Face-to-face meetings with members help educate agency officials on real-world effect of rules; describe impact on customers, economy
May 1, 2015
By Lori Sharn
Lobbying the states
Lobbying through the courts
The National Association of Chemical Distributors added a new component to its annual fly-in in 2013. In addition to visiting congressional offices, NACD members sit down with some of the unelected officials who have a great impact on their businesses.
“Regulatory issues are really front and center” for NACD members, said Jennifer Gibson, vice president of regulatory affairs. “Handling chemicals brings numerous regulatory requirements from the whole alphabet soup of agencies—EPA, OSHA, DOT, DHS, DEA. The list goes on and on.”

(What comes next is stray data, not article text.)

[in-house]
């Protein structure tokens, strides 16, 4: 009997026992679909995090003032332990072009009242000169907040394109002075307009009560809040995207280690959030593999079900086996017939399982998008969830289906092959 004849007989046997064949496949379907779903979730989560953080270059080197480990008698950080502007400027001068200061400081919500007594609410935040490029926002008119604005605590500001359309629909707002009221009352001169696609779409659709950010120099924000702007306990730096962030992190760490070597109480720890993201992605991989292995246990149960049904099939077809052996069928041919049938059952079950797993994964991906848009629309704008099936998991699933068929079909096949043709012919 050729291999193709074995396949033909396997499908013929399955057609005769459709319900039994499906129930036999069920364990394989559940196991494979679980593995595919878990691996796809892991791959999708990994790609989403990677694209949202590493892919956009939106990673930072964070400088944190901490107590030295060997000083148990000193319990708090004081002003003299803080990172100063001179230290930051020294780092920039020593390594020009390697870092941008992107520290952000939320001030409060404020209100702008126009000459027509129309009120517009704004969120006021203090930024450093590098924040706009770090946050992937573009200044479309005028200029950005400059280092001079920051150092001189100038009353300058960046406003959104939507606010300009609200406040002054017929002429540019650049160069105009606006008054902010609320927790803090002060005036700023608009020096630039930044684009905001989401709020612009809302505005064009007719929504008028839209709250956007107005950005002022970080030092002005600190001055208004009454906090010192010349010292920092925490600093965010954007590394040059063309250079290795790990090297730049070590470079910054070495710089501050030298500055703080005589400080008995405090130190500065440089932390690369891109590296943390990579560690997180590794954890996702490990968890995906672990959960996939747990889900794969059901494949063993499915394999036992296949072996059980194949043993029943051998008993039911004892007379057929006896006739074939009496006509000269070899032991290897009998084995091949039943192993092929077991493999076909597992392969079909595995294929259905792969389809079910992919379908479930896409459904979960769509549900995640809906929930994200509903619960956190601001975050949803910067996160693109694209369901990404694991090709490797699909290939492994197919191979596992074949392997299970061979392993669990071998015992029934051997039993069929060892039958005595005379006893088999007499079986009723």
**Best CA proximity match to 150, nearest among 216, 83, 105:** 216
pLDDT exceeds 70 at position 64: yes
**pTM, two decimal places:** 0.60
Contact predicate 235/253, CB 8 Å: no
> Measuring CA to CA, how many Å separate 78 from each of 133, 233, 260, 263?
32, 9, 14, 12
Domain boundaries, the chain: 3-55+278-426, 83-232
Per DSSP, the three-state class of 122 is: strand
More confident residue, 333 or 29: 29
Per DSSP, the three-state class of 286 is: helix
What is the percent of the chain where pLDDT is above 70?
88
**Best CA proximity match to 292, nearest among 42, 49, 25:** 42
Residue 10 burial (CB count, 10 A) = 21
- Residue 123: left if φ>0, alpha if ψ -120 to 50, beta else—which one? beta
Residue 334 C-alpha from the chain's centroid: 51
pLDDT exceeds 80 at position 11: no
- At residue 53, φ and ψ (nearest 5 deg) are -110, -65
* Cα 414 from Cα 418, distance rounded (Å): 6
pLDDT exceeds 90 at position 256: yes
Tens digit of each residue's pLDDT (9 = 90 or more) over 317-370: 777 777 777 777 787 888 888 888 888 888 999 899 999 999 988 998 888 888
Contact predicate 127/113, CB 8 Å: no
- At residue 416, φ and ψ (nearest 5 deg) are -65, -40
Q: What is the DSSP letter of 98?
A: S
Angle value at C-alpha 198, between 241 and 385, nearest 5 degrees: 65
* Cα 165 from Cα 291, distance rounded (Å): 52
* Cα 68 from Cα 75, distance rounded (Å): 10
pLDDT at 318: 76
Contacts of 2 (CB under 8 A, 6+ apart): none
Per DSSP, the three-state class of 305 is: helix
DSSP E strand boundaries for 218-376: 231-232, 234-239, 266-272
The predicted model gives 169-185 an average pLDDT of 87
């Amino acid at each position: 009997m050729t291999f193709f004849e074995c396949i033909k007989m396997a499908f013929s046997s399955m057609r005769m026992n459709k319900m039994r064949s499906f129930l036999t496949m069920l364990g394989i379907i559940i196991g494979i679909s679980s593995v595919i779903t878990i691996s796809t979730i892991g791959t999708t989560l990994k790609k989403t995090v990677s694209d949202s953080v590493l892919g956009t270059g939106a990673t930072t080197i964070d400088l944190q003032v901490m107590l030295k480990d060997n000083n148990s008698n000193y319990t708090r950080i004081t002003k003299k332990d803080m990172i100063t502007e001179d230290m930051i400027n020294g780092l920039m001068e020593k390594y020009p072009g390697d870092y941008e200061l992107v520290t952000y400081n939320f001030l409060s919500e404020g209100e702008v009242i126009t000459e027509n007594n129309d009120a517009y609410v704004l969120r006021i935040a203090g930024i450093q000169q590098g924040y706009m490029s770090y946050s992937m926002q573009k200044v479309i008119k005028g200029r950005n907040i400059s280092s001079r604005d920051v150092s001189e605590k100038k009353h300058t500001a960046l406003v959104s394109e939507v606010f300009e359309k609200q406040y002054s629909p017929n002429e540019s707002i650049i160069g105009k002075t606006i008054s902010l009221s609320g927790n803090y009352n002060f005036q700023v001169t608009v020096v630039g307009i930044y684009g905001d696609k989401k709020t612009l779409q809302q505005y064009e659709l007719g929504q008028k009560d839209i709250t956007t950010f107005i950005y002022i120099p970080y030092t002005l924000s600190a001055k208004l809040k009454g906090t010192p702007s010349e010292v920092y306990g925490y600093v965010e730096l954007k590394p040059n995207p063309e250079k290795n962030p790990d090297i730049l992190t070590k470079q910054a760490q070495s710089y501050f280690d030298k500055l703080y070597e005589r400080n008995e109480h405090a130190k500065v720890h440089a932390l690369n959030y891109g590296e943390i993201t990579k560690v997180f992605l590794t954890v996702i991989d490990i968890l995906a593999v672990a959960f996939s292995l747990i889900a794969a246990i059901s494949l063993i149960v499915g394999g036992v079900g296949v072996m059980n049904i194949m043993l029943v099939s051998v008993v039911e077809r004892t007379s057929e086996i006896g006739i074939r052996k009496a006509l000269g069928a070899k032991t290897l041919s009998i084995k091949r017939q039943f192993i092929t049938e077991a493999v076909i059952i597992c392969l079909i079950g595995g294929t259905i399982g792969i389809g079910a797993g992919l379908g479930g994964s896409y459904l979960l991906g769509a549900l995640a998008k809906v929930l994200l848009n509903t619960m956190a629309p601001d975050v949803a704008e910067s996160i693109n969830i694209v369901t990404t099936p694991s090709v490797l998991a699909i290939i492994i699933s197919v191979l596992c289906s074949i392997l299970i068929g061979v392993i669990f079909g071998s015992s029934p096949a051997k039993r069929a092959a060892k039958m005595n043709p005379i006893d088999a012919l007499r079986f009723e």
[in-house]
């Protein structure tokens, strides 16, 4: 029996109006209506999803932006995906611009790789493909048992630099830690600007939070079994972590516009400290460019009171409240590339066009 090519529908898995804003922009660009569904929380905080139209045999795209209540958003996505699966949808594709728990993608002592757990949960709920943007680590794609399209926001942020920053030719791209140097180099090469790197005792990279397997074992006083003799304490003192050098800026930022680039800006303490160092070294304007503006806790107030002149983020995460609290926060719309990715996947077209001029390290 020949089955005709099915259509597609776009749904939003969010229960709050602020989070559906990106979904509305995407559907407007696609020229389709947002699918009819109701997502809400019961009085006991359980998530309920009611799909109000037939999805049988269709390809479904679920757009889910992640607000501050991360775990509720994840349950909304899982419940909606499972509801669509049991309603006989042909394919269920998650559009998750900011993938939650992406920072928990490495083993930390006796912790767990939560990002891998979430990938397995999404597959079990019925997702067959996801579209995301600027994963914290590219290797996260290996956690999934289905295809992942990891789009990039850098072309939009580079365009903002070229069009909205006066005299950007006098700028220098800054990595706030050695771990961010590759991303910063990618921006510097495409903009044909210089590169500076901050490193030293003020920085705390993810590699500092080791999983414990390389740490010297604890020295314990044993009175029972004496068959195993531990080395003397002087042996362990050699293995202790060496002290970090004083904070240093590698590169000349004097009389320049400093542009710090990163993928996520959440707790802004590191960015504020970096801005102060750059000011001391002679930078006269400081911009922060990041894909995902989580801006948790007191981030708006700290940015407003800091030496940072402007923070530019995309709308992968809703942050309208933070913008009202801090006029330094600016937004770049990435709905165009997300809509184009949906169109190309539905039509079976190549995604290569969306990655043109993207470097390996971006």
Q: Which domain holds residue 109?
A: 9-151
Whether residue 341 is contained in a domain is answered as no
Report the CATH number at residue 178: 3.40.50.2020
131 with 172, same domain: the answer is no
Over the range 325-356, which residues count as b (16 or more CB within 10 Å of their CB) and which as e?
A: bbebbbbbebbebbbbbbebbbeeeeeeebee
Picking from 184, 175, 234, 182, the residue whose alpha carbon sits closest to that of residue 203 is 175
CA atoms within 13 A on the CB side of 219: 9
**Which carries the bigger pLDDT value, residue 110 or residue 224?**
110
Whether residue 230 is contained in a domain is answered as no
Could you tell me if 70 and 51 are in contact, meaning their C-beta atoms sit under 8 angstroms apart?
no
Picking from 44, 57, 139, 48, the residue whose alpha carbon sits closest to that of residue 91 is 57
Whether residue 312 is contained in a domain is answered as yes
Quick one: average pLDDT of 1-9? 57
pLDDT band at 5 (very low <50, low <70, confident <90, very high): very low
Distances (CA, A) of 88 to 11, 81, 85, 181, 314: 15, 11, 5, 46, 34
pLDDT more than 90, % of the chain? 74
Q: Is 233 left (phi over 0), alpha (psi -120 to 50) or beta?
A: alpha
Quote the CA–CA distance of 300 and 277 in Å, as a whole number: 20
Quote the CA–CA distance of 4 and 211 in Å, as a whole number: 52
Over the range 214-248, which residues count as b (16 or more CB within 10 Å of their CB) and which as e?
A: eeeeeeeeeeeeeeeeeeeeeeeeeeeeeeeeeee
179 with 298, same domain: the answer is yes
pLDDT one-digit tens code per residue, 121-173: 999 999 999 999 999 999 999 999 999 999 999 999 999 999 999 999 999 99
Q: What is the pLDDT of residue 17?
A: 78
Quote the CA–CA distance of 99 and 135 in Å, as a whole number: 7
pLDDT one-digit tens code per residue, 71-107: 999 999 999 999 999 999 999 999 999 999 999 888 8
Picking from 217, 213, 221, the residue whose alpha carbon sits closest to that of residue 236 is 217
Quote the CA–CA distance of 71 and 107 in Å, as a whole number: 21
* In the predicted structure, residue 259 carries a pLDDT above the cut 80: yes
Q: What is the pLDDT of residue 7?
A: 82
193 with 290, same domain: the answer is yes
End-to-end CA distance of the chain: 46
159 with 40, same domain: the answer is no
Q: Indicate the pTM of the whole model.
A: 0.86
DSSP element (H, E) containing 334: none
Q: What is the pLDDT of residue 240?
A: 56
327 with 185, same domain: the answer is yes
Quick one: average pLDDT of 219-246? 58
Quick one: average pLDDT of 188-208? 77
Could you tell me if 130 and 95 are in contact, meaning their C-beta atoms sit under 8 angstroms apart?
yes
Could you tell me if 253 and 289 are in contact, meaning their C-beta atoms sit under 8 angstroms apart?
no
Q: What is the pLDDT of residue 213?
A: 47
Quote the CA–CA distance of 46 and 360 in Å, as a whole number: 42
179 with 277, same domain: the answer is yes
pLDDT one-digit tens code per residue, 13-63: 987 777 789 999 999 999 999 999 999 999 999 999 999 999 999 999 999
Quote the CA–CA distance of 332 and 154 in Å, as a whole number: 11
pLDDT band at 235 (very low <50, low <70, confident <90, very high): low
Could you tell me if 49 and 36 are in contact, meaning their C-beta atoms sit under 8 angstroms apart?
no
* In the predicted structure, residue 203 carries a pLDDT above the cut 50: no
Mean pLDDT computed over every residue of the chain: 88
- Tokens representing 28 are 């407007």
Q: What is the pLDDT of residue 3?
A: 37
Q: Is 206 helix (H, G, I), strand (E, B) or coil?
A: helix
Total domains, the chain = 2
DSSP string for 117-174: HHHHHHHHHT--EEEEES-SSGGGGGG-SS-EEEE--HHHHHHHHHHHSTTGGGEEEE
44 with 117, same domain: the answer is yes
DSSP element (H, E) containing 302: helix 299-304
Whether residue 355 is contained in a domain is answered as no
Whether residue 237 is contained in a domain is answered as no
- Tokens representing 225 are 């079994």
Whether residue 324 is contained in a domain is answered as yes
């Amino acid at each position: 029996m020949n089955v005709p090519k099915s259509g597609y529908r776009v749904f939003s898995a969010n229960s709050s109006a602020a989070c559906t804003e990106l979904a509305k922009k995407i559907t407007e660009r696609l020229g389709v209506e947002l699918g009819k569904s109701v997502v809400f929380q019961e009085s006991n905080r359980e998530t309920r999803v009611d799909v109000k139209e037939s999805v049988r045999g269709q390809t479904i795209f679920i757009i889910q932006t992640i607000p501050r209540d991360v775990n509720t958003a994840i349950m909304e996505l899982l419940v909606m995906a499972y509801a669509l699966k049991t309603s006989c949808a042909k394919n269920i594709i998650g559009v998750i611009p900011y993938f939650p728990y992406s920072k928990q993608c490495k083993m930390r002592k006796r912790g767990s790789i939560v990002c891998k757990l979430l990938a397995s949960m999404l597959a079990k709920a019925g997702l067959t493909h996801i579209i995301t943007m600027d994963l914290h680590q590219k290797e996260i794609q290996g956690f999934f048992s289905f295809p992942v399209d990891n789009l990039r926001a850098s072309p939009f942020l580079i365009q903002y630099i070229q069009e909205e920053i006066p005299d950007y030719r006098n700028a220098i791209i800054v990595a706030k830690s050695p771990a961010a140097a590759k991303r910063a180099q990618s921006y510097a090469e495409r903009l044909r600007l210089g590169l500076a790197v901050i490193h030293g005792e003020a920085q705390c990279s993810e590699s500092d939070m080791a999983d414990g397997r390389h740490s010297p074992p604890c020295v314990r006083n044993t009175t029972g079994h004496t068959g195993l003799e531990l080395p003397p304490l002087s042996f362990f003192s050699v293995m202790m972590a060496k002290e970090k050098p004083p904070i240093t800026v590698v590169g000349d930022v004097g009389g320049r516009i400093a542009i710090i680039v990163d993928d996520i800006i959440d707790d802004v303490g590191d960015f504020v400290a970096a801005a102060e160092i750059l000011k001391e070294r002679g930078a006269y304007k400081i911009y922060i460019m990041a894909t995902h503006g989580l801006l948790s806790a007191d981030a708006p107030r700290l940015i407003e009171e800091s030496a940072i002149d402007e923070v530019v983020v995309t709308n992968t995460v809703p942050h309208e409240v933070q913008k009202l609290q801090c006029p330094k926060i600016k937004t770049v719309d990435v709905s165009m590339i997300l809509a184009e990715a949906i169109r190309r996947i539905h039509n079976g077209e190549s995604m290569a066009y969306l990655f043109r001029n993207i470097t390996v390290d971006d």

Many of the same strategies associations use to sway lawmakers can also work to influence regulators—getting association members to tell their stories in face-to-face meetings, collaborating with coalitions and writing lots of letters. But there are also notable differences, particularly when it comes to the process regulators and the public must follow. There are windows of time in the rulemaking process, for example, when private meetings with agency officials are discouraged.